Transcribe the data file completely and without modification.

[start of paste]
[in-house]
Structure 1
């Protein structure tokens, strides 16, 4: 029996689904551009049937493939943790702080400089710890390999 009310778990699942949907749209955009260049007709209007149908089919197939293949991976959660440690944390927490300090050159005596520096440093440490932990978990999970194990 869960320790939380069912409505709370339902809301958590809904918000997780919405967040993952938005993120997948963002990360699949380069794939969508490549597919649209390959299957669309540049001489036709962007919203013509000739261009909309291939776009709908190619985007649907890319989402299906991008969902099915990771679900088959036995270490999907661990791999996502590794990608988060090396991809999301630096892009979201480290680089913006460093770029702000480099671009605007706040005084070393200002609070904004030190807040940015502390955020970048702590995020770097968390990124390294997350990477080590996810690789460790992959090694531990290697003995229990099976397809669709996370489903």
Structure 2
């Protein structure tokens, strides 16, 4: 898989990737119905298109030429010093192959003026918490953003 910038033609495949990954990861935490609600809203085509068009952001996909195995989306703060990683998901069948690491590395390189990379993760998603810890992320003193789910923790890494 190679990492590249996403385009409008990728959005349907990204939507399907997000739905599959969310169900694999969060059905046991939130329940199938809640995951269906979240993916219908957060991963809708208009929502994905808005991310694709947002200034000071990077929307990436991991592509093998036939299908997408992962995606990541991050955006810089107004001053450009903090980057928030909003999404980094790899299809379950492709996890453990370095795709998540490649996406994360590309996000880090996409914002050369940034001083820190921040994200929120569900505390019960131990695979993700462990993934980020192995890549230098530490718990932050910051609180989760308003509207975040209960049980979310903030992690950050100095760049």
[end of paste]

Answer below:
[in-house]
Structure 1
């Protein structure tokens, strides 16, 4: 029996689904551009049937493939943790702080400089710890390999 009310778990699942949907749209955009260049007709209007149908089919197939293949991976959660440690944390927490300090050159005596520096440093440490932990978990999970194990 869960320790939380069912409505709370339902809301958590809904918000997780919405967040993952938005993120997948963002990360699949380069794939969508490549597919649209390959299957669309540049001489036709962007919203013509000739261009909309291939776009709908190619985007649907890319989402299906991008969902099915990771679900088959036995270490999907661990791999996502590794990608988060090396991809999301630096892009979201480290680089913006460093770029702000480099671009605007706040005084070393200002609070904004030190807040940015502390955020970048702590995020770097968390990124390294997350990477080590996810690789460790992959090694531990290697003995229990099976397809669709996370489903």
Structure 2
């Protein structure tokens, strides 16, 4: 898989990737119905298109030429010093192959003026918490953003 910038033609495949990954990861935490609600809203085509068009952001996909195995989306703060990683998901069948690491590395390189990379993760998603810890992320003193789910923790890494 190679990492590249996403385009409008990728959005349907990204939507399907997000739905599959969310169900694999969060059905046991939130329940199938809640995951269906979240993916219908957060991963809708208009929502994905808005991310694709947002200034000071990077929307990436991991592509093998036939299908997408992962995606990541991050955006810089107004001053450009903090980057928030909003999404980094790899299809379950492709996890453990370095795709998540490649996406994360590309996000880090996409914002050369940034001083820190921040994200929120569900505390019960131990695979993700462990993934980020192995890549230098530490718990932050910051609180989760308003509207975040209960049980979310903030992690950050100095760049």